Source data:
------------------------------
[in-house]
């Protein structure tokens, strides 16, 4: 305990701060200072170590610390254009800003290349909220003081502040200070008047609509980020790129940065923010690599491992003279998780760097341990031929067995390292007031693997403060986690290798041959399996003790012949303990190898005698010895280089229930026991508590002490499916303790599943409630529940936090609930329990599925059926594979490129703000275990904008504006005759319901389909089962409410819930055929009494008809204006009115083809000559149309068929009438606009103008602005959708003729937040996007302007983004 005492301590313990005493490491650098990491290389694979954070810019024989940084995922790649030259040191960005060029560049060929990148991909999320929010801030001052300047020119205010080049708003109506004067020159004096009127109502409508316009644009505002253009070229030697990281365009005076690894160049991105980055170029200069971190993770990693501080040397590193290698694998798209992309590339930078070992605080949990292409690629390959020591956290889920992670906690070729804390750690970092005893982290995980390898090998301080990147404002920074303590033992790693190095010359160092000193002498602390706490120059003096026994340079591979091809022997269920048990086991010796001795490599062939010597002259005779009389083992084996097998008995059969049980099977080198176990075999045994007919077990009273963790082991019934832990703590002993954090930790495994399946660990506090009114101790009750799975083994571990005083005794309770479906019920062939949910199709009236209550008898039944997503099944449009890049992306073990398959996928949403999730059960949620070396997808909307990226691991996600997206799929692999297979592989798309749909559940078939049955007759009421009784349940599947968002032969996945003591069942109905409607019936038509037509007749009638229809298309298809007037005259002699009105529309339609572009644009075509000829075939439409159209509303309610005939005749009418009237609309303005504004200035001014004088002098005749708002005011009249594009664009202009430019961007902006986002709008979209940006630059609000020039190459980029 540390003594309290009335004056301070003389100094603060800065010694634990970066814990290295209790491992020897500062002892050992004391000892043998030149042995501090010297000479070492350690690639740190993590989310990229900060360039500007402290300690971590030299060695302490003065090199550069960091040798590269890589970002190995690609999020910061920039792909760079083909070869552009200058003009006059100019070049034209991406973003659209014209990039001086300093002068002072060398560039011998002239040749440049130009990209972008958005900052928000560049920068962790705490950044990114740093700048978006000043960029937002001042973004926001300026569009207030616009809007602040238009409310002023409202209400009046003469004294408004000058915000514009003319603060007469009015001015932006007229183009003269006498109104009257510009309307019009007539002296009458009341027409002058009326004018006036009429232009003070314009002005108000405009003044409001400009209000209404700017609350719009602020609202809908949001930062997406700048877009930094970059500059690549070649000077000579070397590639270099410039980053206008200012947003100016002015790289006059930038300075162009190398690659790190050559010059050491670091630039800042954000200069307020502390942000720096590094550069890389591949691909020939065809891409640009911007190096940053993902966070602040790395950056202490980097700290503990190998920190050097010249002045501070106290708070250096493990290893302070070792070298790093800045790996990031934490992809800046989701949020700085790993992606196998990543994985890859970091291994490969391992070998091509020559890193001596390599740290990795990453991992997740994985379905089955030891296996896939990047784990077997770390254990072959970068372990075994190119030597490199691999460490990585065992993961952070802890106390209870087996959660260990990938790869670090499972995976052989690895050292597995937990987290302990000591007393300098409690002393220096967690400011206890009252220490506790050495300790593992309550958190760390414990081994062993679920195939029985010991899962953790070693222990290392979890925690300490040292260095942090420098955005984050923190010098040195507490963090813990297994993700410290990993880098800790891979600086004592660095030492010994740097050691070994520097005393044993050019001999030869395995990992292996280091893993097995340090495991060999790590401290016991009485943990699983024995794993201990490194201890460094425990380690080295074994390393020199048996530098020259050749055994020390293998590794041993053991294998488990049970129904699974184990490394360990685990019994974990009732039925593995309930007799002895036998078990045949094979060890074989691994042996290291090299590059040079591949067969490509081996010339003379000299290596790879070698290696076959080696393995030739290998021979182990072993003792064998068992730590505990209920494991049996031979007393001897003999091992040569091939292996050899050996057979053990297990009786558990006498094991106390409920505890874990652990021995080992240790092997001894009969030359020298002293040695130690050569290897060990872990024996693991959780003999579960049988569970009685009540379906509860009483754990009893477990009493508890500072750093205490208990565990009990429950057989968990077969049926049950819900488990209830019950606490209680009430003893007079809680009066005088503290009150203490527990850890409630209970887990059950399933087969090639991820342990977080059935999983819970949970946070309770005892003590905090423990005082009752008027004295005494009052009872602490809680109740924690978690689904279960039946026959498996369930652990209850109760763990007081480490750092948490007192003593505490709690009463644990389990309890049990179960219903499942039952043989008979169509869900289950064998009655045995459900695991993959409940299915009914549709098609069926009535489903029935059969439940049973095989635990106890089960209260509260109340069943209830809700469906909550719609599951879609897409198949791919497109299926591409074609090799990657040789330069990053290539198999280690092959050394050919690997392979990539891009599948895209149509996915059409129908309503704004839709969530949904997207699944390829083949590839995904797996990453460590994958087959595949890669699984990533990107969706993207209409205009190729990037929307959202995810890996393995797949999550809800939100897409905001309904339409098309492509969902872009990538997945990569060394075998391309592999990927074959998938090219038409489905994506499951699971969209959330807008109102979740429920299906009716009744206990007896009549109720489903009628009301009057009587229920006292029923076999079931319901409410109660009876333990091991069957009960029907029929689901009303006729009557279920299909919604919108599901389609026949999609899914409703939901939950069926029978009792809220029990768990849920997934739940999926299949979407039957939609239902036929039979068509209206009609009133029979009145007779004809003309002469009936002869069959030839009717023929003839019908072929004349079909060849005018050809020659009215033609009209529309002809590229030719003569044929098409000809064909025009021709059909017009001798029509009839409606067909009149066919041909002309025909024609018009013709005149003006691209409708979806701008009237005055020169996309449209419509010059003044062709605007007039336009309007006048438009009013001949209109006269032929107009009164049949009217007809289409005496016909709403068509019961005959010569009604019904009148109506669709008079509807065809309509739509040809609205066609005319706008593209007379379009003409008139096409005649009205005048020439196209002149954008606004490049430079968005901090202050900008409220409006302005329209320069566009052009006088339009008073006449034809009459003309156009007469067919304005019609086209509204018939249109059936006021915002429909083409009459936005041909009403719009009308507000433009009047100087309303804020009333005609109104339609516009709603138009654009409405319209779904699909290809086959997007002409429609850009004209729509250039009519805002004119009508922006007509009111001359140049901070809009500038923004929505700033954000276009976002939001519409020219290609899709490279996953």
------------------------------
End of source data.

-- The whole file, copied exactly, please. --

[in-house]
């Protein structure tokens, strides 16, 4: 305990701060200072170590610390254009800003290349909220003081502040200070008047609509980020790129940065923010690599491992003279998780760097341990031929067995390292007031693997403060986690290798041959399996003790012949303990190898005698010895280089229930026991508590002490499916303790599943409630529940936090609930329990599925059926594979490129703000275990904008504006005759319901389909089962409410819930055929009494008809204006009115083809000559149309068929009438606009103008602005959708003729937040996007302007983004 005492301590313990005493490491650098990491290389694979954070810019024989940084995922790649030259040191960005060029560049060929990148991909999320929010801030001052300047020119205010080049708003109506004067020159004096009127109502409508316009644009505002253009070229030697990281365009005076690894160049991105980055170029200069971190993770990693501080040397590193290698694998798209992309590339930078070992605080949990292409690629390959020591956290889920992670906690070729804390750690970092005893982290995980390898090998301080990147404002920074303590033992790693190095010359160092000193002498602390706490120059003096026994340079591979091809022997269920048990086991010796001795490599062939010597002259005779009389083992084996097998008995059969049980099977080198176990075999045994007919077990009273963790082991019934832990703590002993954090930790495994399946660990506090009114101790009750799975083994571990005083005794309770479906019920062939949910199709009236209550008898039944997503099944449009890049992306073990398959996928949403999730059960949620070396997808909307990226691991996600997206799929692999297979592989798309749909559940078939049955007759009421009784349940599947968002032969996945003591069942109905409607019936038509037509007749009638229809298309298809007037005259002699009105529309339609572009644009075509000829075939439409159209509303309610005939005749009418009237609309303005504004200035001014004088002098005749708002005011009249594009664009202009430019961007902006986002709008979209940006630059609000020039190459980029 540390003594309290009335004056301070003389100094603060800065010694634990970066814990290295209790491992020897500062002892050992004391000892043998030149042995501090010297000479070492350690690639740190993590989310990229900060360039500007402290300690971590030299060695302490003065090199550069960091040798590269890589970002190995690609999020910061920039792909760079083909070869552009200058003009006059100019070049034209991406973003659209014209990039001086300093002068002072060398560039011998002239040749440049130009990209972008958005900052928000560049920068962790705490950044990114740093700048978006000043960029937002001042973004926001300026569009207030616009809007602040238009409310002023409202209400009046003469004294408004000058915000514009003319603060007469009015001015932006007229183009003269006498109104009257510009309307019009007539002296009458009341027409002058009326004018006036009429232009003070314009002005108000405009003044409001400009209000209404700017609350719009602020609202809908949001930062997406700048877009930094970059500059690549070649000077000579070397590639270099410039980053206008200012947003100016002015790289006059930038300075162009190398690659790190050559010059050491670091630039800042954000200069307020502390942000720096590094550069890389591949691909020939065809891409640009911007190096940053993902966070602040790395950056202490980097700290503990190998920190050097010249002045501070106290708070250096493990290893302070070792070298790093800045790996990031934490992809800046989701949020700085790993992606196998990543994985890859970091291994490969391992070998091509020559890193001596390599740290990795990453991992997740994985379905089955030891296996896939990047784990077997770390254990072959970068372990075994190119030597490199691999460490990585065992993961952070802890106390209870087996959660260990990938790869670090499972995976052989690895050292597995937990987290302990000591007393300098409690002393220096967690400011206890009252220490506790050495300790593992309550958190760390414990081994062993679920195939029985010991899962953790070693222990290392979890925690300490040292260095942090420098955005984050923190010098040195507490963090813990297994993700410290990993880098800790891979600086004592660095030492010994740097050691070994520097005393044993050019001999030869395995990992292996280091893993097995340090495991060999790590401290016991009485943990699983024995794993201990490194201890460094425990380690080295074994390393020199048996530098020259050749055994020390293998590794041993053991294998488990049970129904699974184990490394360990685990019994974990009732039925593995309930007799002895036998078990045949094979060890074989691994042996290291090299590059040079591949067969490509081996010339003379000299290596790879070698290696076959080696393995030739290998021979182990072993003792064998068992730590505990209920494991049996031979007393001897003999091992040569091939292996050899050996057979053990297990009786558990006498094991106390409920505890874990652990021995080992240790092997001894009969030359020298002293040695130690050569290897060990872990024996693991959780003999579960049988569970009685009540379906509860009483754990009893477990009493508890500072750093205490208990565990009990429950057989968990077969049926049950819900488990209830019950606490209680009430003893007079809680009066005088503290009150203490527990850890409630209970887990059950399933087969090639991820342990977080059935999983819970949970946070309770005892003590905090423990005082009752008027004295005494009052009872602490809680109740924690978690689904279960039946026959498996369930652990209850109760763990007081480490750092948490007192003593505490709690009463644990389990309890049990179960219903499942039952043989008979169509869900289950064998009655045995459900695991993959409940299915009914549709098609069926009535489903029935059969439940049973095989635990106890089960209260509260109340069943209830809700469906909550719609599951879609897409198949791919497109299926591409074609090799990657040789330069990053290539198999280690092959050394050919690997392979990539891009599948895209149509996915059409129908309503704004839709969530949904997207699944390829083949590839995904797996990453460590994958087959595949890669699984990533990107969706993207209409205009190729990037929307959202995810890996393995797949999550809800939100897409905001309904339409098309492509969902872009990538997945990569060394075998391309592999990927074959998938090219038409489905994506499951699971969209959330807008109102979740429920299906009716009744206990007896009549109720489903009628009301009057009587229920006292029923076999079931319901409410109660009876333990091991069957009960029907029929689901009303006729009557279920299909919604919108599901389609026949999609899914409703939901939950069926029978009792809220029990768990849920997934739940999926299949979407039957939609239902036929039979068509209206009609009133029979009145007779004809003309002469009936002869069959030839009717023929003839019908072929004349079909060849005018050809020659009215033609009209529309002809590229030719003569044929098409000809064909025009021709059909017009001798029509009839409606067909009149066919041909002309025909024609018009013709005149003006691209409708979806701008009237005055020169996309449209419509010059003044062709605007007039336009309007006048438009009013001949209109006269032929107009009164049949009217007809289409005496016909709403068509019961005959010569009604019904009148109506669709008079509807065809309509739509040809609205066609005319706008593209007379379009003409008139096409005649009205005048020439196209002149954008606004490049430079968005901090202050900008409220409006302005329209320069566009052009006088339009008073006449034809009459003309156009007469067919304005019609086209509204018939249109059936006021915002429909083409009459936005041909009403719009009308507000433009009047100087309303804020009333005609109104339609516009709603138009654009409405319209779904699909290809086959997007002409429609850009004209729509250039009519805002004119009508922006007509009111001359140049901070809009500038923004929505700033954000276009976002939001519409020219290609899709490279996953």